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Tourism cheating cases not easy to deal with
Published on: Tuesday, August 19, 2014

Kota Kinabalu: Cheating cases in the tourism industry, as with all industries, are not easy to deal with because there is no guarantee that everyone in the tourism business is honest, said Tourism, Culture and Environment Minister Datuk Masidi Manjun.

He said licensing is under the Federal Ministry of Tourism so enforcement rules and regulations are under their purview via their Sabah Office.

Masidi on Monday said this when asked to comment on the latest incident involving a group of three tourists who were cheated of a Mabul Island tour package by a licensed tour guide.

The trio, two from Hong Kong, lost RM8,735 for a five-days and four-nights Mabul Island diving package which their tour guide failed to deliver.

This happened just weeks after another group was cheated of a Mount Kinabalu tour package by a woman claiming to be from a tour agency.

"I hope a police report has been lodged against the licensed tour guide and if indeed it is true, our Ministry would not hesitate to recommend the suspension or cancellation of his license," said Masidi.

"Sabahans are known to be honest and this has given us a good image," he added.

He said the entire industry players should self regulate their profession to minimise crime within the industry because crime committed by one would affect the entire industry.

The group's spokesperson, a Malaysian who only wanted to be identified as Daniel, claimed that he booked the diving package through the said tour guide operating under a tour operator located in Tanjung Aru Plaza in May this year.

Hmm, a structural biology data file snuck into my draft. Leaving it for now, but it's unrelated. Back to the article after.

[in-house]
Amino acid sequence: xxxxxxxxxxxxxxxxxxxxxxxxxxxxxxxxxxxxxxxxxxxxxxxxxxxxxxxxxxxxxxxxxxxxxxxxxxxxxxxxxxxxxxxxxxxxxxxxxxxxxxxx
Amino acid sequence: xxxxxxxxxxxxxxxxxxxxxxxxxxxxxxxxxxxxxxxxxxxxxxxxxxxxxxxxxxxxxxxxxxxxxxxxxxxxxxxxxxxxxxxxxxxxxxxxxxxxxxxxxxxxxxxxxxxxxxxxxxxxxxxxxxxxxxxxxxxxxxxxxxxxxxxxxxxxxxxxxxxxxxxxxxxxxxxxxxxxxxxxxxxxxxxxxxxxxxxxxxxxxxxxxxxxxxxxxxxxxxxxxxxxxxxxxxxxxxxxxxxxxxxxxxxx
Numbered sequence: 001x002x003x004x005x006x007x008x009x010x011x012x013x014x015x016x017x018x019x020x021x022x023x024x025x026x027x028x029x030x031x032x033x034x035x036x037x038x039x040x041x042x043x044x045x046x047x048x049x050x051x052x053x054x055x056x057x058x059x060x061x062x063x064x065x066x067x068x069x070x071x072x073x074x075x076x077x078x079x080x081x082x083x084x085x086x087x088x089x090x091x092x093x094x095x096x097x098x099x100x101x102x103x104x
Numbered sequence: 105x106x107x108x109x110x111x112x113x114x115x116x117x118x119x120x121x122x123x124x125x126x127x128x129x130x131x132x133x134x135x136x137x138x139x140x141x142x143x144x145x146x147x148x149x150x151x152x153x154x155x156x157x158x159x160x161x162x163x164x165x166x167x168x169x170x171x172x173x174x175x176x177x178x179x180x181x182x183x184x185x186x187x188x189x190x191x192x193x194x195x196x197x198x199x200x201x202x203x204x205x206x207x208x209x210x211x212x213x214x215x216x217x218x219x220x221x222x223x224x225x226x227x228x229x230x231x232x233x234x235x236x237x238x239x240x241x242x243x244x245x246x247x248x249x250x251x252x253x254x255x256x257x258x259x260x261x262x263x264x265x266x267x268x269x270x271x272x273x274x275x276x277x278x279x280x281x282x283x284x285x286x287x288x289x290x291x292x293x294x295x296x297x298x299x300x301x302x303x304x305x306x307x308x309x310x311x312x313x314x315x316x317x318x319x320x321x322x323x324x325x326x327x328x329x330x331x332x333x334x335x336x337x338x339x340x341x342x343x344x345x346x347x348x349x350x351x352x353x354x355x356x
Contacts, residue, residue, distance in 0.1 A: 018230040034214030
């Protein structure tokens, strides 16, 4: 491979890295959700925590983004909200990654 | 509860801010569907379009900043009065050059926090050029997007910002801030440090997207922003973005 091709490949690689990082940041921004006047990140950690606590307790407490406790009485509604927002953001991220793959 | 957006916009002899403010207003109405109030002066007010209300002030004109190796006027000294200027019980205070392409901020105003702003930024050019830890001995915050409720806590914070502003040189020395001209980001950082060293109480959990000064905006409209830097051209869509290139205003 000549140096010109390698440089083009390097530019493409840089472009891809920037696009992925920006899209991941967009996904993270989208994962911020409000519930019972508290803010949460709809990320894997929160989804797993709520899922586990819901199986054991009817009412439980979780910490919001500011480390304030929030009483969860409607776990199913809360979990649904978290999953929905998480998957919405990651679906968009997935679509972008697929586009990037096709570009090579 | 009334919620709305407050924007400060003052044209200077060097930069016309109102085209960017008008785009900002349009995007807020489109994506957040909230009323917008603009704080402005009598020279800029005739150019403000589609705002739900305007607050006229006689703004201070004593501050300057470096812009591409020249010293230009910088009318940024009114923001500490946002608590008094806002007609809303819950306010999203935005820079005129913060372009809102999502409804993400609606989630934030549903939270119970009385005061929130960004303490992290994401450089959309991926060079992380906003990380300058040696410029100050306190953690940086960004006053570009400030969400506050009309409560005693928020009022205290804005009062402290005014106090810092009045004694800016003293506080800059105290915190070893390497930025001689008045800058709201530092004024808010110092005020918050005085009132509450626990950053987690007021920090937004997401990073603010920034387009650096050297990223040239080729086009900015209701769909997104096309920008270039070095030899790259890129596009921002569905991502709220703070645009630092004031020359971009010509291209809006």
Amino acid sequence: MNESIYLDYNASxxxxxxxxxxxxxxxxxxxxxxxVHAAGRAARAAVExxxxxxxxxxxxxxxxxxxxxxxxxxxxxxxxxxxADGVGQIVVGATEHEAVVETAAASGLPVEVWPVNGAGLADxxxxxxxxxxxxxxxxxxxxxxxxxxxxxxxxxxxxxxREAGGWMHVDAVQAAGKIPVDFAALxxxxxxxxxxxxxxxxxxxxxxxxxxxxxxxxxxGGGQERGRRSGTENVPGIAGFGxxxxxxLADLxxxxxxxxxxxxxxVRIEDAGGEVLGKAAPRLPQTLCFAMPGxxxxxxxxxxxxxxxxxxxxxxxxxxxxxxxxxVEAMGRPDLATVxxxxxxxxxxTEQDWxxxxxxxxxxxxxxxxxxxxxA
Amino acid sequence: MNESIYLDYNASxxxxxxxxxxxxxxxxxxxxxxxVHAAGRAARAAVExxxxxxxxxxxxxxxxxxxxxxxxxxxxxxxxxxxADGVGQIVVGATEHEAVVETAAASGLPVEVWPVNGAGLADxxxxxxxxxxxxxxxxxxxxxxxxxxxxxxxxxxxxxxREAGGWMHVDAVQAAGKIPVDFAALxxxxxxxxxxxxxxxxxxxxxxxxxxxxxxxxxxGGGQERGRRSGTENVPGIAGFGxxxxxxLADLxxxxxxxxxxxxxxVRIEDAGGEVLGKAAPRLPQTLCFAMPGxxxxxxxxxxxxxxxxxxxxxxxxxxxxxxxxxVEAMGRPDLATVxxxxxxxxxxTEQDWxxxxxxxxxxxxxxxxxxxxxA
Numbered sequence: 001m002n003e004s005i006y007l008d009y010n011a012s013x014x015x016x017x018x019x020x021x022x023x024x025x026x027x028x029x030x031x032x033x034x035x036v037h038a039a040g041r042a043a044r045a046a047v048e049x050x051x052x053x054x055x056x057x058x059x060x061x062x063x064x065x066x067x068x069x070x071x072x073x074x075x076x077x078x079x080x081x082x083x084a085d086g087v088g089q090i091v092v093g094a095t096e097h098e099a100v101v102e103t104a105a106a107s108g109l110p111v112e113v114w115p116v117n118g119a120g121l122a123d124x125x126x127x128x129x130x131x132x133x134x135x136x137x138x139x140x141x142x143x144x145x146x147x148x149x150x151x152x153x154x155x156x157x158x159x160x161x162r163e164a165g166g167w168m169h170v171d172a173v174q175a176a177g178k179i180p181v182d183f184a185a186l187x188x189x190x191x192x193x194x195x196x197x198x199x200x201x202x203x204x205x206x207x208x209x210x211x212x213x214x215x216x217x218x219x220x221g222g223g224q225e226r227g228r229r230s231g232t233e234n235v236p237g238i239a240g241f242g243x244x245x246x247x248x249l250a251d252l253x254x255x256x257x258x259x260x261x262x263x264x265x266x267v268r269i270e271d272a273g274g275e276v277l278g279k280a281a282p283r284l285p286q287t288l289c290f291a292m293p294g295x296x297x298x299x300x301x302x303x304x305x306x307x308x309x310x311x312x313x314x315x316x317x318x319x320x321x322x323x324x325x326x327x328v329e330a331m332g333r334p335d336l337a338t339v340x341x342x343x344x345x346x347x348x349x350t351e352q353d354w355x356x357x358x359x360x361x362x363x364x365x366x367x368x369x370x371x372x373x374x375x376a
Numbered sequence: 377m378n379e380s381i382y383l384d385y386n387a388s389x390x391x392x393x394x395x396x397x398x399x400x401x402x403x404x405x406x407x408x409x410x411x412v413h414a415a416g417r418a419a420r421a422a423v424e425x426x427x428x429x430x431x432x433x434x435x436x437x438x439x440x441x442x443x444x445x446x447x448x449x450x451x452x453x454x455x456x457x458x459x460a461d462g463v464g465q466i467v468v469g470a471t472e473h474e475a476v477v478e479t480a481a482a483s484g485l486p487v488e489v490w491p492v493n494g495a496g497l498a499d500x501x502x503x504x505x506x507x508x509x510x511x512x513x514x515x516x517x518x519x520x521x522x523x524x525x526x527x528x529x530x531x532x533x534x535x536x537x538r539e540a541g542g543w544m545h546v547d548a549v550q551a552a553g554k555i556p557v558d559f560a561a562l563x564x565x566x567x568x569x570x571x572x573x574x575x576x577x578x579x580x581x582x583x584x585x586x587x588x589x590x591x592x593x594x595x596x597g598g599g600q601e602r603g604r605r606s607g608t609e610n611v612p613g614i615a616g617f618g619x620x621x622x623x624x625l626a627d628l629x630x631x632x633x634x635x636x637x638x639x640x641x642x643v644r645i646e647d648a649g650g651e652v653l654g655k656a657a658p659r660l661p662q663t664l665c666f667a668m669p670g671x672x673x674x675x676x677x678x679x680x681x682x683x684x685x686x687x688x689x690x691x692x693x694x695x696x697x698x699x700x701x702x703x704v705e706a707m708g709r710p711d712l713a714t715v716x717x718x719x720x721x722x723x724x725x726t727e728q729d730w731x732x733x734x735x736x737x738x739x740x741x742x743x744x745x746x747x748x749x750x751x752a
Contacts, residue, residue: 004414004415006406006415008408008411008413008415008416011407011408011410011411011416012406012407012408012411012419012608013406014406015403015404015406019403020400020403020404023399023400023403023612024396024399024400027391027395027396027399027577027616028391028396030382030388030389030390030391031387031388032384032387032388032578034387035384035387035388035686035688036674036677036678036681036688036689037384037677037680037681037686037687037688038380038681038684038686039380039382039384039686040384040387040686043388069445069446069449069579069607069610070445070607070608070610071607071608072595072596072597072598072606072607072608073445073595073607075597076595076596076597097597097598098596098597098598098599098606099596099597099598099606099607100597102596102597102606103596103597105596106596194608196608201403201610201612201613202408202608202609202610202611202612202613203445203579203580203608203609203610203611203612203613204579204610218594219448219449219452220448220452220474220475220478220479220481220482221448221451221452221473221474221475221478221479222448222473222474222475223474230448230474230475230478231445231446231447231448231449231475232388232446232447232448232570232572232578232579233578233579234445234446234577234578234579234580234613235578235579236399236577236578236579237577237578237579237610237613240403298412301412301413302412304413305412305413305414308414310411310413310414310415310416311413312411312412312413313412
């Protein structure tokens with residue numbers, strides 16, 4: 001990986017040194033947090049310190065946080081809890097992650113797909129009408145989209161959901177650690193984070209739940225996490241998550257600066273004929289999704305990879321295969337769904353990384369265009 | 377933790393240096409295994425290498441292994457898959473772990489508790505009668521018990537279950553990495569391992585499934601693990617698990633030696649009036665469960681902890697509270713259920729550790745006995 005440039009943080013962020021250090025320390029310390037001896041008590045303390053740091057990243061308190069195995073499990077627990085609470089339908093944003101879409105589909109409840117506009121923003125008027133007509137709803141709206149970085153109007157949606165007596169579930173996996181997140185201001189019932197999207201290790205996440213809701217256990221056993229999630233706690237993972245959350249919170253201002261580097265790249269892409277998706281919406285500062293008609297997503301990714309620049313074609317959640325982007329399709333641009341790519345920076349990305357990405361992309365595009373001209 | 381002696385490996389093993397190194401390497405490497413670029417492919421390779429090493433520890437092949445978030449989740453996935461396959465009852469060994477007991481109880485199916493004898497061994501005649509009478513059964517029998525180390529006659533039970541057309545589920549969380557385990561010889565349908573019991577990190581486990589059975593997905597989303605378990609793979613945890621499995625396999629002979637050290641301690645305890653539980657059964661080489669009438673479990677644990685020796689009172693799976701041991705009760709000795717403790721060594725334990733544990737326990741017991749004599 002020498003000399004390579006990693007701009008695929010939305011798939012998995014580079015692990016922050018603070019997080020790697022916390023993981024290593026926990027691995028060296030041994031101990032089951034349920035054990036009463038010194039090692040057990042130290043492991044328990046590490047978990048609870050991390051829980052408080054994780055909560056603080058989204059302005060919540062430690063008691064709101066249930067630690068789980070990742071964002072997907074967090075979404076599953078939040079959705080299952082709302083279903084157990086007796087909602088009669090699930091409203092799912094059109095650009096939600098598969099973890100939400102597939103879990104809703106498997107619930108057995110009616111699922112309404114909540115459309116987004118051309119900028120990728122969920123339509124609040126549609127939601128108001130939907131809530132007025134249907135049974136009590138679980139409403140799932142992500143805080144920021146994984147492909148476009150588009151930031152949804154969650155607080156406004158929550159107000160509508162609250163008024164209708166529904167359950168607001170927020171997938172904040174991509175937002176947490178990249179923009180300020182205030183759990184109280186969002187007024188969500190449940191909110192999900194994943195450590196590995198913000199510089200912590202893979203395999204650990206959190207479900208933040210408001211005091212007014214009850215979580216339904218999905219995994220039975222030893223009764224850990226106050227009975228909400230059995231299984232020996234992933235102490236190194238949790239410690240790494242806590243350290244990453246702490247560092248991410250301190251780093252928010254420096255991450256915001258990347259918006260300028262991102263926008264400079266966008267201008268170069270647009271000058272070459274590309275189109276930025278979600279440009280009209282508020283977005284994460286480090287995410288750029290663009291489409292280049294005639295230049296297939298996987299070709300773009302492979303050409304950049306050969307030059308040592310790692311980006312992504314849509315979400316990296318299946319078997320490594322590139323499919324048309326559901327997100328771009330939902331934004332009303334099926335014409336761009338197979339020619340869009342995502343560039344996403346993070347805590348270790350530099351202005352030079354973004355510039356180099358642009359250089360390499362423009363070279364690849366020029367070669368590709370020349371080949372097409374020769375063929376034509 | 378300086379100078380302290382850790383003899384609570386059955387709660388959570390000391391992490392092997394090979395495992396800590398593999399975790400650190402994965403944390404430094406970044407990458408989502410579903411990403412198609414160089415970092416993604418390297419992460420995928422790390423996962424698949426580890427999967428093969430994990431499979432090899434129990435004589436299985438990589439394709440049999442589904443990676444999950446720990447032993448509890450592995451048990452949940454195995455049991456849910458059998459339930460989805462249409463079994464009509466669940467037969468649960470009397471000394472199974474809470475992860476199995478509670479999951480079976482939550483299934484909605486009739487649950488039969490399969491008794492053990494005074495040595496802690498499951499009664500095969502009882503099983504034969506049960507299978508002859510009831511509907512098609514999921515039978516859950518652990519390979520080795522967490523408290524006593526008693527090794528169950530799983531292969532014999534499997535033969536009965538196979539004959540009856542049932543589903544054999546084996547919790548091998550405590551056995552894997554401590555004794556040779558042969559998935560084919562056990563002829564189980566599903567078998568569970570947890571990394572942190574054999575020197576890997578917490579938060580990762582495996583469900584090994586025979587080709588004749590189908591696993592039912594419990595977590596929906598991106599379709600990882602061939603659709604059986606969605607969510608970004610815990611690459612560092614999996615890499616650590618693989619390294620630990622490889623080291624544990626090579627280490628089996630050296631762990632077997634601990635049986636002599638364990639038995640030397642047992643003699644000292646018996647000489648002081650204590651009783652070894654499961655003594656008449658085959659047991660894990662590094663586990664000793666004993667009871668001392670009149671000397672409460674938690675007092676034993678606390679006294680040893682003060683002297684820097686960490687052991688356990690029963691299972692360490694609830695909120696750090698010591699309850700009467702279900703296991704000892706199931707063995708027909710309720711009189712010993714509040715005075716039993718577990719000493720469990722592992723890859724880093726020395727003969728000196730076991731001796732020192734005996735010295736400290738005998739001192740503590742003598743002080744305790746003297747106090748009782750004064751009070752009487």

He said that they banked in RM2, 620.50 to the tour guide the same month and paid the balance of RM6, 115 the following month.

"We used his services for a Pulau Tiga trip earlier this year which was why I never expected him to cheat us this time around," he said, adding that they were supposed to meet at the Kota Kinabalu International Airport arrival hall at about 8am on Aug 11 but the tour guide never showed up.

He claimed that they checked with the Tourism Malaysia counter at the airport and was told that the said tour company was not registered, prompting them to trace the company to Tanjung Aru Plaza based on their tour package invoice, only to find an empty shop lot.

The group managed to make a new booking through another travel agent for a five days and four nights Mabul Island package for RM5,475.

Upon returning to Kota Kinabalu on Saturday, they lodged a police report at the Karamunsing Police Station after making a complaint at the Sabah Tourism Board.

"This incident has tainted the image of our tourism industry and as the host to my Hong Kong guests, I felt ashamed of the incident, thus we hope the police and tourism authority would take action against the said tour guide.

"This is only appropriate, as we had trusted him since he has a tour guide license issued by the tourism authority, it would be a different case if we had engaged an unlicensed tour guide," said Daniel.

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